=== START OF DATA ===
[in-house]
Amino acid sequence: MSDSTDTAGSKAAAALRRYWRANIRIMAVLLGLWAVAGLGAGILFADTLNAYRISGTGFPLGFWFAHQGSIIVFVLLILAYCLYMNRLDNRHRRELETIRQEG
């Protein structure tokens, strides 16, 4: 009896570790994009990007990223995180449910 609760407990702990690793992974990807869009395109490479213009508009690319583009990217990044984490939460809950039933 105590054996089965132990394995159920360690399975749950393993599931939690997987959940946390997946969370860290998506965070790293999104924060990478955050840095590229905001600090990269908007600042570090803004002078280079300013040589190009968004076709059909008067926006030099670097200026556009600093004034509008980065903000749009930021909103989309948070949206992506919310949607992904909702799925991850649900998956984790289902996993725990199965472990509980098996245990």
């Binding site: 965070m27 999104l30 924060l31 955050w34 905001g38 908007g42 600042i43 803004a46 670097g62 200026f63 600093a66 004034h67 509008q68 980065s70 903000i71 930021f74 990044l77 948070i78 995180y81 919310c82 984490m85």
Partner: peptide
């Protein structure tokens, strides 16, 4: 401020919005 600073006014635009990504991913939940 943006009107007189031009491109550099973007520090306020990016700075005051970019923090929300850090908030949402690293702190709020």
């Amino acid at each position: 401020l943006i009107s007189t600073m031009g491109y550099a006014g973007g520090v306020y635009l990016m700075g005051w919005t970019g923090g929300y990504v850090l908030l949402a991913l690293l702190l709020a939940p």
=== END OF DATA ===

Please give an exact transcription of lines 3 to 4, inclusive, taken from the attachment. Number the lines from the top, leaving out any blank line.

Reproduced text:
């Protein structure tokens, strides 16, 4: 009896570790994009990007990223995180449910 609760407990702990690793992974990807869009395109490479213009508009690319583009990217990044984490939460809950039933 105590054996089965132990394995159920360690399975749950393993599931939690997987959940946390997946969370860290998506965070790293999104924060990478955050840095590229905001600090990269908007600042570090803004002078280079300013040589190009968004076709059909008067926006030099670097200026556009600093004034509008980065903000749009930021909103989309948070949206992506919310949607992904909702799925991850649900998956984790289902996993725990199965472990509980098996245990």
């Binding site: 965070m27 999104l30 924060l31 955050w34 905001g38 908007g42 600042i43 803004a46 670097g62 200026f63 600093a66 004034h67 509008q68 980065s70 903000i71 930021f74 990044l77 948070i78 995180y81 919310c82 984490m85």